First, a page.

Our alien world is merely changing the color of the backdrop, which actually did unexpected things to the lighting. I still have it up (or did when I wrote this part!) so when I enter the room the orange is still unexpected. The only other set dressing are the old Hydra soldiers, and I'm pretty sure I bought my whole Hydra army for cheaper than what it's going for on Amazon now.
The newer Captain America Marvel Legends: Agent of Hydra looks far more sophisticated compared to the old guys, though. Which is why he's their leader, which works out because the new one only came with one head style, and I don't have high hopes of getting more of him on the cheap.
I think a cruise ship can carry something like a quarter of a million gallons of water; or at least that's what I thought Google said when I was trying to come up with a number. Would Deadpool's ship use water for anything besides drinking, showers, the jacuzzi? And I just thought of Pool's jacuzzi and my tummy went all rumbly. That would be like cancer soup...maybe all that water has to go to the engine room, like the last couple Star Trek movies. I swear they have boilers down there, it's steam-warp drive.
The word "fetch" appears courtesy of Mean Girls, all rights reserved.
Tuesday, March 24, 2015
This was rather an odd story for the animated continuity, since it doesn't feature a major villain: it could just as easily have been done as a regular Batman story with more traditional art than the animated style. But why? Now I'm having a hard time thinking of Batman stories that wouldn't be better animated style. Well, let's just take a look at 2002's Batman: Gotham Adventures #54, "Masterwork" Written by Scott Peterson, pencils by Tim Levins, inks by Terry Beatty.
Working the case of stolen, priceless manuscripts at the Gotham Library (which should probably be a case for Batgirl...because she was a librarian on the TV show, silly.) Batman meets
At a gallery break-in, the security guards give Batman the hassle, and after a stray bullet nearly hits Robin, Batman beats them pretty soundly before finding Staines there again. Still, by this point Batman has the case all figured out: the Riddler, of course...
...not! Batman lied, to get Staines to tip her hand, and catches her trying to make off with a manuscript of Catcher in the Rye. (Is there a manuscript of that extant?) Still, Staines isn't going to go quietly, and attacks Batman with a chain-knife combo! Her attack may hurt her worse than Batman, though, as she first destroys her hard drive and her un-backed-up novel; then slips on one of her own cover stories and knocks herself out! At first glance, it looked like she very easily could be dead; but that's a hair dark for this book. (Where Staines picked up her fighting skills isn't mentioned, but I think the League of Assassins weighed heavily on the early issues of this series, and I could see her joining the League with the intent of writing a tell-all later. Maybe a how-to. She did seem more adept as a fighter than a writer, though.)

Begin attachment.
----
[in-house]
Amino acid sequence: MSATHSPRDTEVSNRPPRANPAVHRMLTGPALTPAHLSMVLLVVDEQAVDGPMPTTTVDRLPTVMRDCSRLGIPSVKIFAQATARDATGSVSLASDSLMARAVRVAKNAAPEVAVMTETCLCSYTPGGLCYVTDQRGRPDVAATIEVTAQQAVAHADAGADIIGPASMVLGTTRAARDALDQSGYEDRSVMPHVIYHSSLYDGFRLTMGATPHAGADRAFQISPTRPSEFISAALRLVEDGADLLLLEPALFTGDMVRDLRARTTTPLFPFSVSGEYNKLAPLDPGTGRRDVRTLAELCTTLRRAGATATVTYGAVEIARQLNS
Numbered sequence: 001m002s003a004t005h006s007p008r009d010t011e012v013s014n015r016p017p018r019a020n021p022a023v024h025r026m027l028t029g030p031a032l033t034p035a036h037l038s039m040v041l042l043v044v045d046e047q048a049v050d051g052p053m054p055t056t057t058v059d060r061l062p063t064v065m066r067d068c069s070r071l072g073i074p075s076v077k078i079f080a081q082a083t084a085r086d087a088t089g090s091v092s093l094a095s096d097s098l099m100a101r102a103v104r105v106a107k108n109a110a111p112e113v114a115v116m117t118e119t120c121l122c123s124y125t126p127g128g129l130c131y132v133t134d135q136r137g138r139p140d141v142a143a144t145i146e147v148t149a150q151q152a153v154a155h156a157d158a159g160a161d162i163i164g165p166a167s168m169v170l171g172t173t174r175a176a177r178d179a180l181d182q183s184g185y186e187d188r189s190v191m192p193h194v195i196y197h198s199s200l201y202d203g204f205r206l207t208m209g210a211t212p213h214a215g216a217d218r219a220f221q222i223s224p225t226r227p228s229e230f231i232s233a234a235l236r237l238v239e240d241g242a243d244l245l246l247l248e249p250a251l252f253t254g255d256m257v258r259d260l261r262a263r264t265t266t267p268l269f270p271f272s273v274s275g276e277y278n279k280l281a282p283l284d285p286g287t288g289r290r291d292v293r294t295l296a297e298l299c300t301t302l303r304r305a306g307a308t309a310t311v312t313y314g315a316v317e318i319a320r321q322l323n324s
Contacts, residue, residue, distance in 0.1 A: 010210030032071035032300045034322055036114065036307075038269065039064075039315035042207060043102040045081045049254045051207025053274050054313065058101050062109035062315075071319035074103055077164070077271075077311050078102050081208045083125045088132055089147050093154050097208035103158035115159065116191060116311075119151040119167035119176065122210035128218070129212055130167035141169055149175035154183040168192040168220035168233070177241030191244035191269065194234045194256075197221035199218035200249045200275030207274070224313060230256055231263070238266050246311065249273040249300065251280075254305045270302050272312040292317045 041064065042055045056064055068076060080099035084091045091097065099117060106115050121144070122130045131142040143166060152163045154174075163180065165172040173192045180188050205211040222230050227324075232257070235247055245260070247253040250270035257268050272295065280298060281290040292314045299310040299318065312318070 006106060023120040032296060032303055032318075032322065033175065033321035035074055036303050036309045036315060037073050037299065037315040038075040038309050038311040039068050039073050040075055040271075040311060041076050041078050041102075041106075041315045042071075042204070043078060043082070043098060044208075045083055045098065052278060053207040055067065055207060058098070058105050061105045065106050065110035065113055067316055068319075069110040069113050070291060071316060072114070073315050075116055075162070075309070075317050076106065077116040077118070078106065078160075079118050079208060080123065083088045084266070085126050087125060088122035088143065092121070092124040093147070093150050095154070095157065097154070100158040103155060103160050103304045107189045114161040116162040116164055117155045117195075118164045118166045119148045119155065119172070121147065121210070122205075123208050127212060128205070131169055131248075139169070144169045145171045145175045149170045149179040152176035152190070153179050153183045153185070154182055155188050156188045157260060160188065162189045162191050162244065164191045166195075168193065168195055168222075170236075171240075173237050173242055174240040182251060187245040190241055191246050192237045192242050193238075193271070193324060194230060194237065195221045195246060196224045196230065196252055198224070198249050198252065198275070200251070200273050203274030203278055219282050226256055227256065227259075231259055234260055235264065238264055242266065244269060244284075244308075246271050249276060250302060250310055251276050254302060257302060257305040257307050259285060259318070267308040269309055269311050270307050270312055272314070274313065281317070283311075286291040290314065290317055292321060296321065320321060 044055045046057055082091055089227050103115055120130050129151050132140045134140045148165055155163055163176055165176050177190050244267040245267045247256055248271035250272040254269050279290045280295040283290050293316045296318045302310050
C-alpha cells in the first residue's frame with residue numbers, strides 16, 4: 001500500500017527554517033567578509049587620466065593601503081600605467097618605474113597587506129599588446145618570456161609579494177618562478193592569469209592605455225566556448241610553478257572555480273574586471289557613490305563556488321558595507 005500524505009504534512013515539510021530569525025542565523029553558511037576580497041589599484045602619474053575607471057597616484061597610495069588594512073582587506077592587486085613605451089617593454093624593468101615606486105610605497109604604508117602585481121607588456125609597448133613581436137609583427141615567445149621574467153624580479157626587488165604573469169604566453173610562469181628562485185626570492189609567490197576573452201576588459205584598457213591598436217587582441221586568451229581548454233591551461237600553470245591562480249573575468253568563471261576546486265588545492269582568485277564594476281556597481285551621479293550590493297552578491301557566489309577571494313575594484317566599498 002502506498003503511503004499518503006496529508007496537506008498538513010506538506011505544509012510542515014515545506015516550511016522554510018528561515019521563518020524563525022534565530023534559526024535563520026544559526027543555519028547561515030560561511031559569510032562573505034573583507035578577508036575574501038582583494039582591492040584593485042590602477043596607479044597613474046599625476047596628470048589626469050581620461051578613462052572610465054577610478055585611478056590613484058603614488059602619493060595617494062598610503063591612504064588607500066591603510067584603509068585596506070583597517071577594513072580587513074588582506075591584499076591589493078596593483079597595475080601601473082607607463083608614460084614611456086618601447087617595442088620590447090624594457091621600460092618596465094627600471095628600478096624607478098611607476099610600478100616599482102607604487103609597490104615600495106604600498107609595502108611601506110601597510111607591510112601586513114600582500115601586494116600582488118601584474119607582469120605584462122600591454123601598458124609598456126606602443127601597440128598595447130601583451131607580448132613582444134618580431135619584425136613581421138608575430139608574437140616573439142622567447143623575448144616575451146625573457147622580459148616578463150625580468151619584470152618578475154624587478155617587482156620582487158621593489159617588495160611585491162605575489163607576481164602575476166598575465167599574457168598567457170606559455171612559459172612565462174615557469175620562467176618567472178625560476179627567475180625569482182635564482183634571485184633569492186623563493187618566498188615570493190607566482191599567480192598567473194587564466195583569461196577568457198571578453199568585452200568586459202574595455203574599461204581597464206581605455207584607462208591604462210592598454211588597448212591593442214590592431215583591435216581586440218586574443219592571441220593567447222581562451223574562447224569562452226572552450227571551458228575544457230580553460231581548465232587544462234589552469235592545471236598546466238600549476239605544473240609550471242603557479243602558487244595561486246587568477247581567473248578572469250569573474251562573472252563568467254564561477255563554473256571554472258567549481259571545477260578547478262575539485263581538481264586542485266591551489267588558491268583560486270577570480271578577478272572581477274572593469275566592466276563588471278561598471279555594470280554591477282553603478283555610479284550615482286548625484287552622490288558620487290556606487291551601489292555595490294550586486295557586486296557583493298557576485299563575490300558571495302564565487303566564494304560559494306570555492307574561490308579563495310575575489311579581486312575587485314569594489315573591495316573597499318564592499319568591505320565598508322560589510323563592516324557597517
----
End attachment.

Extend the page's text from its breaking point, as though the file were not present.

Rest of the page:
Batman finds the manuscripts Staines stole...vandalized, torn up and covered with paint. "You might say I made my mark on all of them." In Arkham, Batman tells her the vandalism may be remembered, but her writing "will never be more than a footnote." Ow. I always kinda suspected Batman does that with most of the criminals he puts away: taking a moment to tell them they suck, so they'll almost certainly re-offend...I also reckon Bats uses that "Riddler did it" trick a lot too: "Riddler? Like hell! It was me! ME!...oh, damn it."
Monday, March 23, 2015
I loved Avengers: Earth's Mightiest Heroes, and have been re-watching the series on Netflix this week. (With a break right now to watch Batman: the Brave and the Bold before that comes off Netflix the end of the month...) So, a good time to blog this issue, with a cover homage to Attack of the 50 Foot Woman, Marvel Adventures: Avengers #13, "Attack of the 50 Foot Girl!" Written by Jeff Parker, pencils by Leonard Kirk, inks by Terry Pallot.
In this version of the team, Janet Van Dyne is Giant-Girl instead of the Wasp, but this issue she falls under the control of old-school Hulk villain Psyklop! His insectoid army is rising from beneath the surface, intent on returning to the world and maybe eating a human or two. Giant-Girl keeps falling under Psyklop's control, though, because she's still using an old version of her costume, and the Avengers visit Hank Pym for help.
After stepping on Wolverine, he uses his claws to give Giant-Girl a jab in the foot, so she climbs the Empire State Building and throws Wolvie away! He accidentally unmasks her while trying to get free, too; but Jan never seems too concerned about her identity in any continuity. Pym helps out with his Ant-Man helmet, but his boss Vernon Van Dyne won't let him out of work to be a super-hero. Yet.
Man, Psyklop could use a Marvel Legend. Creepy bug, worships ancient evil monster gods, co-created by Harlan Ellison? Pedigree should get him somewhere.
Friday, March 20, 2015
Hadn't picked anything up for a couple of weeks, so I got the DC Collectibles Son of Batman: Robin figure, from the recent animated movie that I haven't seen yet. Come to think of it, I may not have even read a lot of comics with Damian Wayne (and I'm going to misspell Damian about every other time...) but I like the idea of the character. How old is he supposed to be now? And I don't think the powers he picked up in his recent resurrection are going to stick, but still fun.